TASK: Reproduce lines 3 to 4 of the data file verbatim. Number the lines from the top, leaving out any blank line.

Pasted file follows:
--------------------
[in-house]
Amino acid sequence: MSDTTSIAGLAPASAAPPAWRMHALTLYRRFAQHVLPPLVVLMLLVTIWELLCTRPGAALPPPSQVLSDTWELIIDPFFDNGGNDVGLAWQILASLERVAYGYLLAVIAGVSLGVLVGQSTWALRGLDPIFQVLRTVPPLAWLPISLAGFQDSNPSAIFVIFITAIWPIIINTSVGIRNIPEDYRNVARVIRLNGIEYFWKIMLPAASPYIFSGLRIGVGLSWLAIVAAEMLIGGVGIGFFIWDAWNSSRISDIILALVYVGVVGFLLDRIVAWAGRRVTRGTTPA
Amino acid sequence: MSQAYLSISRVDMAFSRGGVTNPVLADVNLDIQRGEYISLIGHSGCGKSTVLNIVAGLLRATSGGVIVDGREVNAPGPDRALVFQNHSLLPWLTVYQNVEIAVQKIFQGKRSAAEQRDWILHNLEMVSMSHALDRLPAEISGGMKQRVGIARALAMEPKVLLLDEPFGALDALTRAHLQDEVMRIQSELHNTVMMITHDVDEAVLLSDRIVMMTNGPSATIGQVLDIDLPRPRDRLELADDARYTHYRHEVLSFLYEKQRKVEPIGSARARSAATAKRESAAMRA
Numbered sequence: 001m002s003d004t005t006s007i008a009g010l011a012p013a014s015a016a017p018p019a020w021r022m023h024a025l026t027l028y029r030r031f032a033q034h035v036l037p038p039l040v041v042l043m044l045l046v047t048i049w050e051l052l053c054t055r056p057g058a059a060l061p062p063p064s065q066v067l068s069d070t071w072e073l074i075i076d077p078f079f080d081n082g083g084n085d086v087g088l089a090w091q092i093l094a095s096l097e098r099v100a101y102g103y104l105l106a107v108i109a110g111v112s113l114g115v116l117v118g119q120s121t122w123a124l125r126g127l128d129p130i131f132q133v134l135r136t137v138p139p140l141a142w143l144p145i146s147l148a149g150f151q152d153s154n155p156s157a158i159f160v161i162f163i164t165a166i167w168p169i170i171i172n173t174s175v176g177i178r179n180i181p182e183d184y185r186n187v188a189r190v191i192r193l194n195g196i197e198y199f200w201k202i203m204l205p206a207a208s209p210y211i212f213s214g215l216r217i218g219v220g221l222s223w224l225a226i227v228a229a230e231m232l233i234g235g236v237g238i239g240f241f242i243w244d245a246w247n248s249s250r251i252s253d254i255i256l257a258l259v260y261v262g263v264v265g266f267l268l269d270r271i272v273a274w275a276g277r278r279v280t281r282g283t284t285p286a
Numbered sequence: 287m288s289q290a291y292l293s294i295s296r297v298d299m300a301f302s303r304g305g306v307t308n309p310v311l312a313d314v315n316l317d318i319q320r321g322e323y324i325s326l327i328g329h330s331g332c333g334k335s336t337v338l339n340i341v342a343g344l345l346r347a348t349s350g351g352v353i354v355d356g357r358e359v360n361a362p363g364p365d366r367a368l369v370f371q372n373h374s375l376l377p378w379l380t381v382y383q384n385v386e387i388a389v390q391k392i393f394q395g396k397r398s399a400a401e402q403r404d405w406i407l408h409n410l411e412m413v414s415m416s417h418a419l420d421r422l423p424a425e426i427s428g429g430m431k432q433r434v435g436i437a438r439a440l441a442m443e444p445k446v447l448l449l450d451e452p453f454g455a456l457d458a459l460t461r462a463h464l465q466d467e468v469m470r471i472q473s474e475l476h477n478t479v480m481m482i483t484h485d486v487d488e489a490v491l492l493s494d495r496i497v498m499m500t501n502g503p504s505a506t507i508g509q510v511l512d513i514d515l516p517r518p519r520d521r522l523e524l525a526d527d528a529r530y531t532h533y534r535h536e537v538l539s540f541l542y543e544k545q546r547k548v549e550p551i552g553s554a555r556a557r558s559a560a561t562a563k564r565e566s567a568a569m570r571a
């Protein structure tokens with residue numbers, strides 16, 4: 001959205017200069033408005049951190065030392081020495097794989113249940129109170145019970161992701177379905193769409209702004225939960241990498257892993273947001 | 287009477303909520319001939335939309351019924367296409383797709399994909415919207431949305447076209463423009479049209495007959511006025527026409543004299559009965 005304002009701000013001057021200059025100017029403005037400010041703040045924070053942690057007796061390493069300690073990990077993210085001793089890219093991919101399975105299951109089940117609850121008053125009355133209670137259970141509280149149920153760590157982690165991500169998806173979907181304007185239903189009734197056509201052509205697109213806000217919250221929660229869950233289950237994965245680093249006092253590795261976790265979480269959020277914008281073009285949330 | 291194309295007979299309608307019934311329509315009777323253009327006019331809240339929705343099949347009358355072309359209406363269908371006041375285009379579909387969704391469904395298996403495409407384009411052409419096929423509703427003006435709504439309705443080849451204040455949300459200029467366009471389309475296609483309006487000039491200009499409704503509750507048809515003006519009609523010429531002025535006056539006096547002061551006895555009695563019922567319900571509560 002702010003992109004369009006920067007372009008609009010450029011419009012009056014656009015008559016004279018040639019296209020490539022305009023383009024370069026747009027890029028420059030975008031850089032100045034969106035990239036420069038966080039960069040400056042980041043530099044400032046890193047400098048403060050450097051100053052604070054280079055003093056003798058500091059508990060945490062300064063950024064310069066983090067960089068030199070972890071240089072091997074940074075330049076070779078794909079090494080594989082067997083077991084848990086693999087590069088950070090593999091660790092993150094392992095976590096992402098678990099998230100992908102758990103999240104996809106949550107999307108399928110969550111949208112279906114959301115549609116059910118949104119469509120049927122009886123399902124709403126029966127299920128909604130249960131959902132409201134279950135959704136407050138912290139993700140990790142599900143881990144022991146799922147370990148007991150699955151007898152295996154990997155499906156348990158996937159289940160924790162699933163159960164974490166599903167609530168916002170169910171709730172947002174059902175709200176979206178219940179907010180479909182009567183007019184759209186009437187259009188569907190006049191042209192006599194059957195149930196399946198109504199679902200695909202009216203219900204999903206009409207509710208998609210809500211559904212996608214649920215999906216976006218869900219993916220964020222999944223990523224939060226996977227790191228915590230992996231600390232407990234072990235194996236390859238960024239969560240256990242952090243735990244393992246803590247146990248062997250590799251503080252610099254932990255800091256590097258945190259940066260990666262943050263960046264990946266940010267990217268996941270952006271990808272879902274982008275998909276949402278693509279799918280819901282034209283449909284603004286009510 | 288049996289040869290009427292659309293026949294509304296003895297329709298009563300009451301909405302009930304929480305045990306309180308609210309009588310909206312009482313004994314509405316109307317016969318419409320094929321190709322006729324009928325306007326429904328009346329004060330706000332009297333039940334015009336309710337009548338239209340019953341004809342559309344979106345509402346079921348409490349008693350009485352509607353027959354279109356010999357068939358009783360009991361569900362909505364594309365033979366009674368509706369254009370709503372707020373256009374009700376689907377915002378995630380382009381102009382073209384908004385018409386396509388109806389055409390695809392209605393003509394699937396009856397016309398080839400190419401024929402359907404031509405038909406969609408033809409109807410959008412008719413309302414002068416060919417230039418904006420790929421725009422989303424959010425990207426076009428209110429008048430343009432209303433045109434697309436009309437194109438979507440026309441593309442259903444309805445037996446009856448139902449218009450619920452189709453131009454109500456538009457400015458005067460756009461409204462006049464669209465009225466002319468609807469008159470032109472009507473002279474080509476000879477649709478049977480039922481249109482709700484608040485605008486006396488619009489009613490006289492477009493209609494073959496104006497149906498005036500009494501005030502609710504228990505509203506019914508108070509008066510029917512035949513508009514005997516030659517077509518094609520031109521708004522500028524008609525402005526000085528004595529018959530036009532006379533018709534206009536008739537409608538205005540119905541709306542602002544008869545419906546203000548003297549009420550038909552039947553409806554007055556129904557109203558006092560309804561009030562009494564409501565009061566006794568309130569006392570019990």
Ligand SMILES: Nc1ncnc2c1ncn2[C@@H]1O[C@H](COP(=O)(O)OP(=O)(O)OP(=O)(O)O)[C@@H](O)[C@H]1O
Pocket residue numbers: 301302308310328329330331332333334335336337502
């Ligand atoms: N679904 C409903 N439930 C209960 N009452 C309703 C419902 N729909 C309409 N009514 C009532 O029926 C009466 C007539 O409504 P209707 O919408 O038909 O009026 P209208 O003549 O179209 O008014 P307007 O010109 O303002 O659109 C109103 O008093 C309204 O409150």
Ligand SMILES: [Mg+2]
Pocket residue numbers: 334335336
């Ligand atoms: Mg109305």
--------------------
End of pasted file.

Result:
Amino acid sequence: MSQAYLSISRVDMAFSRGGVTNPVLADVNLDIQRGEYISLIGHSGCGKSTVLNIVAGLLRATSGGVIVDGREVNAPGPDRALVFQNHSLLPWLTVYQNVEIAVQKIFQGKRSAAEQRDWILHNLEMVSMSHALDRLPAEISGGMKQRVGIARALAMEPKVLLLDEPFGALDALTRAHLQDEVMRIQSELHNTVMMITHDVDEAVLLSDRIVMMTNGPSATIGQVLDIDLPRPRDRLELADDARYTHYRHEVLSFLYEKQRKVEPIGSARARSAATAKRESAAMRA
Numbered sequence: 001m002s003d004t005t006s007i008a009g010l011a012p013a014s015a016a017p018p019a020w021r022m023h024a025l026t027l028y029r030r031f032a033q034h035v036l037p038p039l040v041v042l043m044l045l046v047t048i049w050e051l052l053c054t055r056p057g058a059a060l061p062p063p064s065q066v067l068s069d070t071w072e073l074i075i076d077p078f079f080d081n082g083g084n085d086v087g088l089a090w091q092i093l094a095s096l097e098r099v100a101y102g103y104l105l106a107v108i109a110g111v112s113l114g115v116l117v118g119q120s121t122w123a124l125r126g127l128d129p130i131f132q133v134l135r136t137v138p139p140l141a142w143l144p145i146s147l148a149g150f151q152d153s154n155p156s157a158i159f160v161i162f163i164t165a166i167w168p169i170i171i172n173t174s175v176g177i178r179n180i181p182e183d184y185r186n187v188a189r190v191i192r193l194n195g196i197e198y199f200w201k202i203m204l205p206a207a208s209p210y211i212f213s214g215l216r217i218g219v220g221l222s223w224l225a226i227v228a229a230e231m232l233i234g235g236v237g238i239g240f241f242i243w244d245a246w247n248s249s250r251i252s253d254i255i256l257a258l259v260y261v262g263v264v265g266f267l268l269d270r271i272v273a274w275a276g277r278r279v280t281r282g283t284t285p286a